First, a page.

Since the rebuilding of the city would take over ten years to complete, downtown businesses built their buildings with two entrances, one at the original level (so that people could still do business during the Regrade) and one two stories above, at the new Regrade level. And thus, the Seattle Underground was born.
A glimpse into the past
After the introduction, Leila leads us down into the streets of the Underground, where parts of Seattle history have been preserved. It’s like taking a glimpse into the past, during Seattle’s early years. We walk into a room of an old saloon, walk past old building facades, see how Seattle’s sidewalks had been built overhead, and examine relics of the past laying around in the corners and nooks of the Undergound.
Bill Speidel, we learn, was a reporter who had learned about Seattle’s Underground during his reporting years. He eventually created the Underground Tour in 1965 as a byproduct of a campaign to preserve Seattle history. At the time, many people didn’t even know of the Underground’s existence. Speidel even wrote a book about Seattle history, called Sons of the Profits, which is still in print today.
A city built on the backs of women
One of the most interesting tidbits of Seattle history that I learn from the tour is the influential role that women played in creating Seattle. At the time of the city’s creation, Seattle was a mainly male-dominated town. The Donation of Land Claim Act of 1850 encouraged men to settle in the Pacific Northwest (sadly, this act did not apply to women!). As a result, many men came to Seattle. The first census conducted in Seattle, Leila tells us, showed a ratio of men to women at 50:1.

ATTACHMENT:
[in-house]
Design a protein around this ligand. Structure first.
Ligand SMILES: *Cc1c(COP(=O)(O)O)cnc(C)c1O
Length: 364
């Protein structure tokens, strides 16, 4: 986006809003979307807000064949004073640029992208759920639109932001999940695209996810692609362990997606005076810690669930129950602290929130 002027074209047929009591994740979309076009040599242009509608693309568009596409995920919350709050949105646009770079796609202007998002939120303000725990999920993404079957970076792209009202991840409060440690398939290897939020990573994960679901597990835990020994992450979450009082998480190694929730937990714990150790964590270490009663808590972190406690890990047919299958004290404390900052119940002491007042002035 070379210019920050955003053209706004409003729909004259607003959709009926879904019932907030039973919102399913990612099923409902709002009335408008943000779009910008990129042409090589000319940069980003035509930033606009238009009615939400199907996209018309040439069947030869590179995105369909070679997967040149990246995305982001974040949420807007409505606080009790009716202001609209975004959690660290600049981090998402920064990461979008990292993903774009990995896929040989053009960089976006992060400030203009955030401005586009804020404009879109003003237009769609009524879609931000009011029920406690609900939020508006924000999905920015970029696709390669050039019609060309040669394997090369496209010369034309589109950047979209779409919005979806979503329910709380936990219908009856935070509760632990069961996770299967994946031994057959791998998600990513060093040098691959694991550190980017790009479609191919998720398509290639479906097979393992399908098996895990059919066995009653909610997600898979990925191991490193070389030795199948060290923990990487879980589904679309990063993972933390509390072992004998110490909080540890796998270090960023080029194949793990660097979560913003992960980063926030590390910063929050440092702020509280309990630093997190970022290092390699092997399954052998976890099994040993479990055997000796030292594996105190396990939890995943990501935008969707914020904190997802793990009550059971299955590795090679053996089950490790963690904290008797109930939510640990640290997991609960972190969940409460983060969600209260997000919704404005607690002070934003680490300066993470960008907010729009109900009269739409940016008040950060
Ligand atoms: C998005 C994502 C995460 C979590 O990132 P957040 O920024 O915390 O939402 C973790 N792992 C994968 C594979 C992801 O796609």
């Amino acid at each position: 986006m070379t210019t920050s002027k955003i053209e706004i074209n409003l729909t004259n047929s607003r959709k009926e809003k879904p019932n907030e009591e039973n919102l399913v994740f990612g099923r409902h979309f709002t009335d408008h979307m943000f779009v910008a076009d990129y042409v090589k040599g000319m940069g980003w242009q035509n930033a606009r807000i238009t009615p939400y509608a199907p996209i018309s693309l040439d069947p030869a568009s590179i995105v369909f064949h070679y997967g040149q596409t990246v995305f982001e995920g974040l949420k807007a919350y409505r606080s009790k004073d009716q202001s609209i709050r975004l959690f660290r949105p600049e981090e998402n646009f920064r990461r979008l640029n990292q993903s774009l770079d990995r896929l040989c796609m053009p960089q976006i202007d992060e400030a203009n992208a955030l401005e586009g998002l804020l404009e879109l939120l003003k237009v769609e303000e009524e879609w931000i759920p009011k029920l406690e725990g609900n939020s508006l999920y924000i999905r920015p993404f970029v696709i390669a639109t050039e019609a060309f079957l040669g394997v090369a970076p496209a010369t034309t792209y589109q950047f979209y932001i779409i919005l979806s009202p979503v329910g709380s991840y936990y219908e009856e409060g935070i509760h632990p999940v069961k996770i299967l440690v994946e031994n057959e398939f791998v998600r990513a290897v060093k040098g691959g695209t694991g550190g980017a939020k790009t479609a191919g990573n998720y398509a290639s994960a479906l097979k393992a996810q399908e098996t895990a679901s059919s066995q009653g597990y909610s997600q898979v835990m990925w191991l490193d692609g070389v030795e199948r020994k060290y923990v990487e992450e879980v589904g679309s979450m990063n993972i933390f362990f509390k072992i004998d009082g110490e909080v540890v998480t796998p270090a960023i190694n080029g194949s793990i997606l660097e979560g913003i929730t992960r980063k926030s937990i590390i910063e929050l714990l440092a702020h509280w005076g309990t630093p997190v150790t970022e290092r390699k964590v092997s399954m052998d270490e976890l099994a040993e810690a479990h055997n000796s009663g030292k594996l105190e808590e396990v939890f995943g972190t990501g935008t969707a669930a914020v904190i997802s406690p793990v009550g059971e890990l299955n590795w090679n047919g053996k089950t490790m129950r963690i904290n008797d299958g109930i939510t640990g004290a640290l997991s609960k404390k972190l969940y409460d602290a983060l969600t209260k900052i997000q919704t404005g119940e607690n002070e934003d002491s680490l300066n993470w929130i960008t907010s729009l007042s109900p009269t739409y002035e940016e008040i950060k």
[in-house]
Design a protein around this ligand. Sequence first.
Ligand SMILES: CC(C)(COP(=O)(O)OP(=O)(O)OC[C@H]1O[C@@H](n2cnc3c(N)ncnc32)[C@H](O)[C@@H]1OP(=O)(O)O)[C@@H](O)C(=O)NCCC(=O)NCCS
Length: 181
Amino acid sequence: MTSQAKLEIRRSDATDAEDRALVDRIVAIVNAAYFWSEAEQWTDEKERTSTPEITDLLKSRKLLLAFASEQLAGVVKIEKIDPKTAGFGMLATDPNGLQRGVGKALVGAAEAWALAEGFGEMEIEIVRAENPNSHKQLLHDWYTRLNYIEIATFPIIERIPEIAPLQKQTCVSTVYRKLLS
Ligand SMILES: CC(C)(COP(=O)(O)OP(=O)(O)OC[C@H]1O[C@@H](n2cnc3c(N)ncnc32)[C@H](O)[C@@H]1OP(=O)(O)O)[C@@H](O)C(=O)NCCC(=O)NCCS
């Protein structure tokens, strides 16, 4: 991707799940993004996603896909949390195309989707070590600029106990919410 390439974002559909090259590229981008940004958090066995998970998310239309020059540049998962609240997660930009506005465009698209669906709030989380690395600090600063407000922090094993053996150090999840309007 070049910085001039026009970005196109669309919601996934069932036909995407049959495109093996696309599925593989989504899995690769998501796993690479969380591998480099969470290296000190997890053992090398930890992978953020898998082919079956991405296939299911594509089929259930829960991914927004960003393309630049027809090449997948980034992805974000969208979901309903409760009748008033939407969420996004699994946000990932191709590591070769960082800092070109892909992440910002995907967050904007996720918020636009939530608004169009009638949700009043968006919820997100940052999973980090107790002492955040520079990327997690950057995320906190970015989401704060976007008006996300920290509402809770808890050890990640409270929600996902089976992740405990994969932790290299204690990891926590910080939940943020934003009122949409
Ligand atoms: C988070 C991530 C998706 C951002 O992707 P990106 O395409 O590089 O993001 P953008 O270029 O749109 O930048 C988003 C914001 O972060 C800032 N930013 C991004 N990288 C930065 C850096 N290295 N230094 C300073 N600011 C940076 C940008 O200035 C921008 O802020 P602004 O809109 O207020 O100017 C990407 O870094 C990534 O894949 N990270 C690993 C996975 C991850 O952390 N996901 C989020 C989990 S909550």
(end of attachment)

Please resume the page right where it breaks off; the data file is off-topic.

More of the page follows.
You can imagine what such a high ratio of men to women might lead to. As economic theory postulates, supply will eventually rise to meet demand. Many brothels popped up during that time, and the women who worked in those brothels made quite a considerable sum of money. Since brothels, and their associated activities were illegal, these women would claim to be “seamstresses” as a way to get around the law.
One such woman was Dorothea Georgine Emile Ohben, known to the public as Madame Lou. She was a brothel owner whose business was so successful, she eventually began to expand into landownership and business loans. Though one of her lasting legacies was her contributions to education in Seattle, sadly, her story is missing from many of the books on Seattle history. It seems, history is still often his-story.
Enjoy walking tours? Read about this fun walking tour in Venice!
A different perspective on Seattle history
The Underground Tour is by far one of my favorite tours in Seattle. It’s not just because it’s quirky and fun walking tour of Seattle. It’s also because it provides visitors with a different perspective on Seattle history. When we come to a place, it’s not enough to just see the sights and check it off a list. If we want to practice responsible travel, it’s important to take some time and dig down into the roots of a city. In Seattle, those roots are literally underground.
Have you taken walking tour of Seattle with the Underground Tour? Tell me what you love best about Seattle history!
Disclosure: My family and I received complimentary admission to the Underground Tour. However, the opinions published in this post are completely my own.